While 2020 has been brutal, a recent online forum has defined the silver linings of the dark clouds looming over us.

 

 

When the dust has settled on the year that was 2020, we might be able to look back and see a thin sliver of positivity, if the findings of a recent online forum are anything to go by.

In a recently undertaken online forum, the various changes and impacts brought about by the multitude of worldwide factors impacting business were discussed by industry leaders, including impact investor Barry Palte, Managing director of DonorCentricity Mark Williams and Ann Devine, Chief Risk Officer of fintech Bright. 

While all of them have a background in risk management in banking and finance, they acknowledged that the unique nature of events in 2020 has seen some real changes come to the fore.

For impact investor Barry Palte, his take on that specific part of the investment market is a personal one. “I spend a hundred per cent of my time focused on social impact investing and investing my own money, but also co-investing with partners around the world,” he said. “I focus that investment into areas which have got measurable social impacts and key areas, including healthcare, the circular economy, agritech and social impact housing. And I do that on a global basis.”

 

 

A question was asked of the panel, ‘What has changed in your industry from your perspective, through the strangeness of this year?”, and not surprisingly, there were some common experiences.

Barry Palte focussed on the role climate change is playing in shaping the future.

“My choice is to look at this as a huge opportunity. Bushfires followed by pandemics: this is getting people to stop and consider the world that we live in. The world we’d like to bequeath to our children and grandchildren. The old ways of doing things aren’t going to be, in my opinion, sustainable.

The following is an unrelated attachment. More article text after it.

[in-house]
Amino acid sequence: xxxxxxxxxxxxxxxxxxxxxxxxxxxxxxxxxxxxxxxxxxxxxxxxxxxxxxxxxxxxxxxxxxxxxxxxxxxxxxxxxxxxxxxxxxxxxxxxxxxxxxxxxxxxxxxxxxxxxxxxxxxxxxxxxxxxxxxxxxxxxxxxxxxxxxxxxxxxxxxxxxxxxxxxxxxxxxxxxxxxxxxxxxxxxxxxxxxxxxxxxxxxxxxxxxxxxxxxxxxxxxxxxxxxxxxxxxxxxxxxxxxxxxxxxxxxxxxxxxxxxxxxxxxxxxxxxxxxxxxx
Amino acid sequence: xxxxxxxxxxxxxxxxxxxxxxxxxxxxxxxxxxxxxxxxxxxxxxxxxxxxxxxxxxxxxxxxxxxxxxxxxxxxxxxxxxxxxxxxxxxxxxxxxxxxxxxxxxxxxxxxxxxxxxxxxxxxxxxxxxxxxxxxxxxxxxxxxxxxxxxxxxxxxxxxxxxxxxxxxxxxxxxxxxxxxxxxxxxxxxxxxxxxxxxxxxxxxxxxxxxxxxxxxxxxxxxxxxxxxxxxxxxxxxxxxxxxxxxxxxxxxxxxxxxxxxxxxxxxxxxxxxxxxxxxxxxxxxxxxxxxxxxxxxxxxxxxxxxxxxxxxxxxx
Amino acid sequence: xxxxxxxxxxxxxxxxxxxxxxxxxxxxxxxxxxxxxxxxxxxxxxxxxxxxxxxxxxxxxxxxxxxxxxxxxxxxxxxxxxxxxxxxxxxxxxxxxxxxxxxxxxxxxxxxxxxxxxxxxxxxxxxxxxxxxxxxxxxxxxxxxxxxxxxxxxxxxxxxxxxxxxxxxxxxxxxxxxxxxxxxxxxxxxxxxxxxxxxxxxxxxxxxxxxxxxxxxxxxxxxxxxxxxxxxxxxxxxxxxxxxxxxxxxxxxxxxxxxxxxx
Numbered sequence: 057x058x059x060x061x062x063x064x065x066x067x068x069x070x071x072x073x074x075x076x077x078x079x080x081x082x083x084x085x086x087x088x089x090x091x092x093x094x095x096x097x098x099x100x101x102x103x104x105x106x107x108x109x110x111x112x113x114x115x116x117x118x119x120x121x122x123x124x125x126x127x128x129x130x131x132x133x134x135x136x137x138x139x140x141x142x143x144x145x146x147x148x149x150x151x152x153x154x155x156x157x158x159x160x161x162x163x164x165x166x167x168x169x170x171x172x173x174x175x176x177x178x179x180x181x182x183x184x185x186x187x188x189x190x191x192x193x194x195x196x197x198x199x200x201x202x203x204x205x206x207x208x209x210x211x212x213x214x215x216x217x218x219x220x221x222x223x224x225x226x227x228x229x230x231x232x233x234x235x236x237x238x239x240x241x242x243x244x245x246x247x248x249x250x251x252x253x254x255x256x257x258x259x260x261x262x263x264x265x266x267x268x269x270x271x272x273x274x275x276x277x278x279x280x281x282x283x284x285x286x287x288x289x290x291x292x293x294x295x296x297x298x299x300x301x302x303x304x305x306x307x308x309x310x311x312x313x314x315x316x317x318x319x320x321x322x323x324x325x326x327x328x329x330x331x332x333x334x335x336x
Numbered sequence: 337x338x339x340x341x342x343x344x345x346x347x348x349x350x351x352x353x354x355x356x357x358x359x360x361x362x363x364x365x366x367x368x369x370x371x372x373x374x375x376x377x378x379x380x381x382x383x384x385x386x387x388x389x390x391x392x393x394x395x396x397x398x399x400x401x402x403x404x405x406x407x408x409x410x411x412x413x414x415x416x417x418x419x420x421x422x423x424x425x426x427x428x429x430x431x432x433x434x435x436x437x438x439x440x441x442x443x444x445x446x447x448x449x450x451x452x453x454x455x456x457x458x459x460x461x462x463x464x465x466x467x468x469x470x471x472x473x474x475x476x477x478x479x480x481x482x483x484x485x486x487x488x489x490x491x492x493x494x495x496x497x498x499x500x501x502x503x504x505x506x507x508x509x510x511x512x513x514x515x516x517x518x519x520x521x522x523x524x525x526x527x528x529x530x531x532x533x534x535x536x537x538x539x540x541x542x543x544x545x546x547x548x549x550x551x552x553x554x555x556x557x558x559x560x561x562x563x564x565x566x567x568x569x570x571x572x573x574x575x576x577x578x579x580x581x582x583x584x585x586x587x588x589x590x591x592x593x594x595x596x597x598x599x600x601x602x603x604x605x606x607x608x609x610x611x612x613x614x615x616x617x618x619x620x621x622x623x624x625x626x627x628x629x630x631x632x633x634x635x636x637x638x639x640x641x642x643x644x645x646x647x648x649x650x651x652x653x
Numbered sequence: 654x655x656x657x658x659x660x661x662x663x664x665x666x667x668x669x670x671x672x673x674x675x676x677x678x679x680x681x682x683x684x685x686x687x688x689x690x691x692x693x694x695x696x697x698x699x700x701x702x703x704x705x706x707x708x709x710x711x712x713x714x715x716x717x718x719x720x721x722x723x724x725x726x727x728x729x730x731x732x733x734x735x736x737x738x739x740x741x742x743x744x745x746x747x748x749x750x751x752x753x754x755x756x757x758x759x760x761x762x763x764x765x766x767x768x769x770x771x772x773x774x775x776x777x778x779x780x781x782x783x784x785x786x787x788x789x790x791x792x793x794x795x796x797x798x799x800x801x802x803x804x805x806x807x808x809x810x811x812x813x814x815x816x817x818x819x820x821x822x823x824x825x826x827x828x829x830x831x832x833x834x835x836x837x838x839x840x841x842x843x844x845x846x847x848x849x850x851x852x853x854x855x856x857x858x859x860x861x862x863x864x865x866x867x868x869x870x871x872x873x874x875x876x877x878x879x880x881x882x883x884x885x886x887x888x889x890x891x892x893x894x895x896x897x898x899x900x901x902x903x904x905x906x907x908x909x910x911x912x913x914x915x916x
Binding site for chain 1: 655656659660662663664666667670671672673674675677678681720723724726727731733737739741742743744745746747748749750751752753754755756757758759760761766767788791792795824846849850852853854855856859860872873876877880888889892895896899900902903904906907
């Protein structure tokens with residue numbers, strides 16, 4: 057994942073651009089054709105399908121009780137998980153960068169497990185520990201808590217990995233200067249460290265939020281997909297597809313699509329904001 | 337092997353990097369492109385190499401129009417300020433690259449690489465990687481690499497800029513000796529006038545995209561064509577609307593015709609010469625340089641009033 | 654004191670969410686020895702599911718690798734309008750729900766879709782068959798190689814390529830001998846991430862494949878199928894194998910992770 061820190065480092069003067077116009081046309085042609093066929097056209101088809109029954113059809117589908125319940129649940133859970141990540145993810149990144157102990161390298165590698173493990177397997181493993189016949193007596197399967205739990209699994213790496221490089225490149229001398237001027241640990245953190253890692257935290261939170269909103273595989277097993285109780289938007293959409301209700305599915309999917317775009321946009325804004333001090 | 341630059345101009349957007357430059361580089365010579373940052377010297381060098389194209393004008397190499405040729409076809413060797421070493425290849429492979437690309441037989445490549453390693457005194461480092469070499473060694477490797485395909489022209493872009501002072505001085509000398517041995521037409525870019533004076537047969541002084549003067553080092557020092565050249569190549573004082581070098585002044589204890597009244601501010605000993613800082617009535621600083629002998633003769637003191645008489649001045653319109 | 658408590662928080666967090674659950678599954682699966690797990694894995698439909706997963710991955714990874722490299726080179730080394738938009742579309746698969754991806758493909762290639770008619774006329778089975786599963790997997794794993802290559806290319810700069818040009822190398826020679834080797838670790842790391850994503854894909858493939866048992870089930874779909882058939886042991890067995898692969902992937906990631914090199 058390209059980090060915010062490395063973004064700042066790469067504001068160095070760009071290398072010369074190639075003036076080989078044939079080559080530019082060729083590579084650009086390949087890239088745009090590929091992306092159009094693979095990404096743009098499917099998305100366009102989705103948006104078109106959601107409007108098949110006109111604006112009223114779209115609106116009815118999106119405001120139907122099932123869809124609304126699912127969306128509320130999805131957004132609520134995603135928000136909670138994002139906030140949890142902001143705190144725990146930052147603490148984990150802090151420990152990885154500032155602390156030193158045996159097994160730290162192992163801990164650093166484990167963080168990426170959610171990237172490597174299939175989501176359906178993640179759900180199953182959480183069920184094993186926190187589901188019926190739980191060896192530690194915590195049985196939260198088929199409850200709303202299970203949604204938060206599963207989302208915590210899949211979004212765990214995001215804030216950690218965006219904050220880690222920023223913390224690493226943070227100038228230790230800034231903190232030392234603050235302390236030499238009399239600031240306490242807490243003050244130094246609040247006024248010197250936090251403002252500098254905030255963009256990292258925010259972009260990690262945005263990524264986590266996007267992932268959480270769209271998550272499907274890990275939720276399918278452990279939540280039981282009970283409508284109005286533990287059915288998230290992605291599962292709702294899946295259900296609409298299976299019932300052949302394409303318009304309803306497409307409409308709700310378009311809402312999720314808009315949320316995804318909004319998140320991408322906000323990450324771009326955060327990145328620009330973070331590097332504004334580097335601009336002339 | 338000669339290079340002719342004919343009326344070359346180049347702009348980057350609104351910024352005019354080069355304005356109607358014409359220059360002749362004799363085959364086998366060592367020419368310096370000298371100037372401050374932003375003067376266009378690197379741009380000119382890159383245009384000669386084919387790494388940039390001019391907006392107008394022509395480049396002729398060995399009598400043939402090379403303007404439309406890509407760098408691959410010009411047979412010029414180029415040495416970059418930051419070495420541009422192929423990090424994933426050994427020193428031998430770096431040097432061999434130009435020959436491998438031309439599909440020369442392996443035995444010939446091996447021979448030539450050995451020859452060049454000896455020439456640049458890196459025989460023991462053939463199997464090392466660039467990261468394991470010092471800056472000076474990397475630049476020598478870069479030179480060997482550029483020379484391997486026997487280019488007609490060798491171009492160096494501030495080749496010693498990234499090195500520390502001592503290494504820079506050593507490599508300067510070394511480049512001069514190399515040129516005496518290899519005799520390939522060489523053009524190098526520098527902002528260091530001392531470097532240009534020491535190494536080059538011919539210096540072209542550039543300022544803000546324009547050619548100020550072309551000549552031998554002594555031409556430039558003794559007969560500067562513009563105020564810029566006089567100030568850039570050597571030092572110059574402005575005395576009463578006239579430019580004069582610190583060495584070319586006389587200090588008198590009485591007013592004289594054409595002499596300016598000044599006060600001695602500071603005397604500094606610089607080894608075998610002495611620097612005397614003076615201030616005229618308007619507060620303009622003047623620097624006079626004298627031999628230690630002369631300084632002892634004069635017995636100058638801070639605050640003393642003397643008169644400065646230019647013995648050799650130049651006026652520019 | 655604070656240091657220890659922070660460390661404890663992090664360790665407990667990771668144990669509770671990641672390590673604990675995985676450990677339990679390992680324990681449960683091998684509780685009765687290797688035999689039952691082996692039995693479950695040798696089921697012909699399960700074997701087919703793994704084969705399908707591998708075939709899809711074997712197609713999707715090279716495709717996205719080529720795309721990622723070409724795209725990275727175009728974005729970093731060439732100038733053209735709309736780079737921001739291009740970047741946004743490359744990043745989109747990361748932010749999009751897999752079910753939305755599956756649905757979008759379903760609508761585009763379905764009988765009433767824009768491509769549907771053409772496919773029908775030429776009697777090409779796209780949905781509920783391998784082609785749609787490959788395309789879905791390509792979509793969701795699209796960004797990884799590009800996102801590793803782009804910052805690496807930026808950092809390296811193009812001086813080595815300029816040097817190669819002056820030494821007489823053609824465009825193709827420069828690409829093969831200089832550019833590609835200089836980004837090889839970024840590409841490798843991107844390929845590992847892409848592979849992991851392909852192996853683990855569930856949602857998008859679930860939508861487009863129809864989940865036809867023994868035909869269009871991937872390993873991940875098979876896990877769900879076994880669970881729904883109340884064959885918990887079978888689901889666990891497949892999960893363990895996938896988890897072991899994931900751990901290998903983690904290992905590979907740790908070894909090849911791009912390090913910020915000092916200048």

“The one thing we all agree on is that everyone across the globe is being impacted by the pandemic. The things that bind us are very clear, as humans on this planet that we live on. One of the things that I’ve said is we have a pandemic, we have a fatality rate that is very weak; sad, but it’s under 1% of people getting the virus are actually passing away. 

“Imagine when we have climate change changing the planet and not being able to live on the planet, potentially having a 100% fatality rate. What is that going to mean for the world? We have social disorder happening all over the world. We have a lot of negativity around what is happening in the world at the moment, but it’s also shaking people up differently. 

 

The one thing we all agree on is that everyone across the globe is being impacted by the pandemic. The things that bind us are very clear, as humans on this planet that we live on.

 

“I can tell you that from my perspective, and what I do: capital markets and investors around the world are actually stopping, taking very close and serious look at what they do, and trying to do it differently. Not all capital will do that, not all people, all organisations, but there will be pools of investment capital that just won’t care. That’s OK, I just don’t want anything to do with them. But then there’ll be a whole range, pools of capital made up of people who will actually want to make a difference, so that’s us coming together as a community, which is good,” he said.